Inverters can shut off to prevent the energy generated by the modules from getting past the inverter. However, the solar modules will continue to generate electricity as long as the sun is shining, which creates voltage and current on the wires between the modules and inverter. As a result, most rapid shutdown codes require shutdown to occur at the module level, hence the common use of module-level power electronics (MLPE) or microinverters to meet this function. The US National Electrical Code requires that the inverter communicates with the module-level rapid shutdown device, and these components comprise a system. This “system” is what PVRSS (PV Rapid Shutdown System) refers to.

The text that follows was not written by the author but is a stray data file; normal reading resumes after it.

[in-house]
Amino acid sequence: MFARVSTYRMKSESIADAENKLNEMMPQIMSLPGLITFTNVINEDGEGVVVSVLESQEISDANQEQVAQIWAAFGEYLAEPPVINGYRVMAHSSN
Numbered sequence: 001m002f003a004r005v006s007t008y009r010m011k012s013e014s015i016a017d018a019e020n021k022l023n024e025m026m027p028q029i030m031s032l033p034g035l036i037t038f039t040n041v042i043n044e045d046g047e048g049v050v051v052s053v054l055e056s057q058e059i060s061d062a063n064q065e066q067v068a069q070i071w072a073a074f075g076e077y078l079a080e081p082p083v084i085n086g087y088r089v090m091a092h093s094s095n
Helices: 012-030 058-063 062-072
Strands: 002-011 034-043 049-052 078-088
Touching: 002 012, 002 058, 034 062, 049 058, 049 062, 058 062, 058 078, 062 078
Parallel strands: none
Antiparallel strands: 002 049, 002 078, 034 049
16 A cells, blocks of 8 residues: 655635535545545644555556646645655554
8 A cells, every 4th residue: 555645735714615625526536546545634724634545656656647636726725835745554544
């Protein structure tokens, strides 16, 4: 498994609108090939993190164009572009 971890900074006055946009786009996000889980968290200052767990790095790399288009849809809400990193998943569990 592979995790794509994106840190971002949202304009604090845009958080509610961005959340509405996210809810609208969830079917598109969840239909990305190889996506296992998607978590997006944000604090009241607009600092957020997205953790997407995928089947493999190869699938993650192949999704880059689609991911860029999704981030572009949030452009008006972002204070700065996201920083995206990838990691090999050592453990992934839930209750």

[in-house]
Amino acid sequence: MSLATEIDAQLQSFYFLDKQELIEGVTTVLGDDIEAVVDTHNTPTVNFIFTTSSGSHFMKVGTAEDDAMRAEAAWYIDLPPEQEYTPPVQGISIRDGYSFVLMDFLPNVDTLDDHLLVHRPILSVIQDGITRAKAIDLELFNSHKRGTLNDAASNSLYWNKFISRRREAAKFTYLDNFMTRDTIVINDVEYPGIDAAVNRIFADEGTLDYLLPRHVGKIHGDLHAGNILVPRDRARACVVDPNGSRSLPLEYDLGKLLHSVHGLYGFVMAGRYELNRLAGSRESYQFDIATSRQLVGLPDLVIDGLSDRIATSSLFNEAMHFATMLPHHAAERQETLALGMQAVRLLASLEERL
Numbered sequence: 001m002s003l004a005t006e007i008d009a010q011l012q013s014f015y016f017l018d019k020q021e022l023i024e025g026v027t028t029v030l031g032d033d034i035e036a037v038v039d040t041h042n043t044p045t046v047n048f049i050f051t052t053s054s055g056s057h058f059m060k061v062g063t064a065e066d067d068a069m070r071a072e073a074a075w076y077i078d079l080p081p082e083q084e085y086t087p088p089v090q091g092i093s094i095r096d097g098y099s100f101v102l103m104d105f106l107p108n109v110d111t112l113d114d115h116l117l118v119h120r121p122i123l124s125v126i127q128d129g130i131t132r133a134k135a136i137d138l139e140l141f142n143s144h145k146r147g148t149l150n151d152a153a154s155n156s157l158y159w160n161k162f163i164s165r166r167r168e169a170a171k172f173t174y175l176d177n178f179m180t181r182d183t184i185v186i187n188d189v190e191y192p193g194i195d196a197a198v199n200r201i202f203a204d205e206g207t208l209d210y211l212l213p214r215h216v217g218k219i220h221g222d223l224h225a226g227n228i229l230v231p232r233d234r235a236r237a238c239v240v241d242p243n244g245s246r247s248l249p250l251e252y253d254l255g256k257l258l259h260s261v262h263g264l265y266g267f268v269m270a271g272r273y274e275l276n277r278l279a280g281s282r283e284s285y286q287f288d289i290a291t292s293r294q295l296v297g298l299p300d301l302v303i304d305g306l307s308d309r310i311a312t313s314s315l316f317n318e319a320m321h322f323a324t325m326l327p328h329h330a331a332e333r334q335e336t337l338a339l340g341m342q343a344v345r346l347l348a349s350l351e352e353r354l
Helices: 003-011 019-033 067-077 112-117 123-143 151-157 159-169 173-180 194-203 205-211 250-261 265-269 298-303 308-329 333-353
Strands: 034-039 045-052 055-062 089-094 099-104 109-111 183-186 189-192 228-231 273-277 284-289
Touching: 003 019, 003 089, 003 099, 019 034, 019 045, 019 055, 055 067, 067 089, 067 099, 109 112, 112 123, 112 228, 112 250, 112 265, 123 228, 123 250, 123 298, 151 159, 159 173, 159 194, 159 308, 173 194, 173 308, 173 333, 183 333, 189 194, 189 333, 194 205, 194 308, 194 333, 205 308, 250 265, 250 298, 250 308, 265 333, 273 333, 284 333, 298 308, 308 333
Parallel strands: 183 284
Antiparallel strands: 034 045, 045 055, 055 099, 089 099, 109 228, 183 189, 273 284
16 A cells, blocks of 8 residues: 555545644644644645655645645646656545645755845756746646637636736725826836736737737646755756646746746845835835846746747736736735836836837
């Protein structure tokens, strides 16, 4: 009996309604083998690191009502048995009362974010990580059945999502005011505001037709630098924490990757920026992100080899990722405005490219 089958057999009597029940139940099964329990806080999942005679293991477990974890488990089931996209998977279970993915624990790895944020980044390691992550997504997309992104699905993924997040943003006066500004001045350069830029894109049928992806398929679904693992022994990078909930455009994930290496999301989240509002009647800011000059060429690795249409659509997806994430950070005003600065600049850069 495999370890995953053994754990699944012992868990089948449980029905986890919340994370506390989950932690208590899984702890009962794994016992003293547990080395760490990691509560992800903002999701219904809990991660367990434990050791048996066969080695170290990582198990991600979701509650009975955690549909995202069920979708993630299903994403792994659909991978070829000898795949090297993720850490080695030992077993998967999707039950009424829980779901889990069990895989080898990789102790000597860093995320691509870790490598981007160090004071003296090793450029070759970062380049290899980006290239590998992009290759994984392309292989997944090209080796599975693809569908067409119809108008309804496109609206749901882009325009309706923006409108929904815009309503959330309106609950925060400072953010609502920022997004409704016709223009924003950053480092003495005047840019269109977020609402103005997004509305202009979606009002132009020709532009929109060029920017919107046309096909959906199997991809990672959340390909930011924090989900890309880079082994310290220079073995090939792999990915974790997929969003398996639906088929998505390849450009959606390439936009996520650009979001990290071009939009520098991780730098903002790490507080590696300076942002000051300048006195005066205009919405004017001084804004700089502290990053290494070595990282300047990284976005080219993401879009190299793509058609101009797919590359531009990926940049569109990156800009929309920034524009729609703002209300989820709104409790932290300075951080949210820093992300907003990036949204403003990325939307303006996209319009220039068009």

The National Electrical Code in the United States requires a rapid shutdown system for all new rooftop installations – including residential and commercial buildings. In addition, it is required if any conductors enter a building that is not specifically designed to house the PV system components. So, all new rooftop installations essentially require module-level power electronics or microinverters with the rapid shutdown function in the United States.
There are a few critical components involved in a rapid shutdown system: